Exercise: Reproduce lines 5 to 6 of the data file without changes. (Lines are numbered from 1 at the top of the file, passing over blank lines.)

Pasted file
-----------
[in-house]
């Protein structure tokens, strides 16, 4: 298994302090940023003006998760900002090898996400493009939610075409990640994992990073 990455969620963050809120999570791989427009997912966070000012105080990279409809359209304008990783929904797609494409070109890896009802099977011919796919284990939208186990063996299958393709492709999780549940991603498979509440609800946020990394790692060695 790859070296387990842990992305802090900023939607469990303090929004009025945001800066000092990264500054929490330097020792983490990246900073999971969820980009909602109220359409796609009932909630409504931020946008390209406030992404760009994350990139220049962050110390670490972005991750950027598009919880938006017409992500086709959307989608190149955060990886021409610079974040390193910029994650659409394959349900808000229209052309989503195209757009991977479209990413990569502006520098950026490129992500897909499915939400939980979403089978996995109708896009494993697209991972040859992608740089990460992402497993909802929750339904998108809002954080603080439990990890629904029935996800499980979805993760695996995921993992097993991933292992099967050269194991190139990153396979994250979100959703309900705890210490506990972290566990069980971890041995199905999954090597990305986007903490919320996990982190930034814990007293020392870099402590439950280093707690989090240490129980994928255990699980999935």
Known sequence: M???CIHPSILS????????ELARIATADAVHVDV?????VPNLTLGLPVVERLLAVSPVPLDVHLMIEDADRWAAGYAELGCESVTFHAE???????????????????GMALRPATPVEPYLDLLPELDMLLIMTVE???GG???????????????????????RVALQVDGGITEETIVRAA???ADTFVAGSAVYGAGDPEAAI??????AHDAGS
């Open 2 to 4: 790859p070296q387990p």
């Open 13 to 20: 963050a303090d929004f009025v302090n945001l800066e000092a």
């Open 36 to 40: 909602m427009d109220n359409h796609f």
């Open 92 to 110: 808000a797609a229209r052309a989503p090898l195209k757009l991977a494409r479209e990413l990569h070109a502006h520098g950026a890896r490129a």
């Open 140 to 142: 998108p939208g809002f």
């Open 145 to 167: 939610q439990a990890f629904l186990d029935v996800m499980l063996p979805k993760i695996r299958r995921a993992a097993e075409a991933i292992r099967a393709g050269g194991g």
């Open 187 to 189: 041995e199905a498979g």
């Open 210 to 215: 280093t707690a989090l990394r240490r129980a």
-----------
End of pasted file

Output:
């Open 13 to 20: 963050a303090d929004f009025v302090n945001l800066e000092a």
């Open 36 to 40: 909602m427009d109220n359409h796609f």